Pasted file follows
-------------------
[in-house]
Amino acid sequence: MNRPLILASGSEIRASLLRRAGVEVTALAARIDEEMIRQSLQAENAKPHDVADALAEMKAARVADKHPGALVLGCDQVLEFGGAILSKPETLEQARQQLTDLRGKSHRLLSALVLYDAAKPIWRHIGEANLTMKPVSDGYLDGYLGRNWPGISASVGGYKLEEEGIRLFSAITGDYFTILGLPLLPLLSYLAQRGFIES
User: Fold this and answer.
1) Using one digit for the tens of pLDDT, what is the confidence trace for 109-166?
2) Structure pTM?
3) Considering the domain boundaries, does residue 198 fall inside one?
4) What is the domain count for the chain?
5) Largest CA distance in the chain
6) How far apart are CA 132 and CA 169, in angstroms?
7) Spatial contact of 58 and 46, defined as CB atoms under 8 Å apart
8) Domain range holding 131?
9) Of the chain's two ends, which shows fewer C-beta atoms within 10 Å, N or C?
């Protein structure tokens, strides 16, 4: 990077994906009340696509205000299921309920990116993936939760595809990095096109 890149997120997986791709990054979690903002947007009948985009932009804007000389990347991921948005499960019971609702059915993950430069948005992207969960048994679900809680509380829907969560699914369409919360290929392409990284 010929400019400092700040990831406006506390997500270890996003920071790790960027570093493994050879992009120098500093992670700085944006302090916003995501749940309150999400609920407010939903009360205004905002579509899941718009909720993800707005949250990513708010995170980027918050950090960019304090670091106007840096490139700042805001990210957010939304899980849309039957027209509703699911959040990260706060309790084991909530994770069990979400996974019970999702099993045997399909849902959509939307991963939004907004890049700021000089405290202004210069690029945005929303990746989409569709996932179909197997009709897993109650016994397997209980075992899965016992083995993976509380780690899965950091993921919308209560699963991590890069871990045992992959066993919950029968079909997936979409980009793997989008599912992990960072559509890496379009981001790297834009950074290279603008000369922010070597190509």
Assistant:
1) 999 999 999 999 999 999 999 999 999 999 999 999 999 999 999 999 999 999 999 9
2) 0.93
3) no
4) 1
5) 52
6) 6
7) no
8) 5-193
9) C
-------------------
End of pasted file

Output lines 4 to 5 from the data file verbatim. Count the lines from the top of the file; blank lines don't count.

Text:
1) Using one digit for the tens of pLDDT, what is the confidence trace for 109-166?
2) Structure pTM?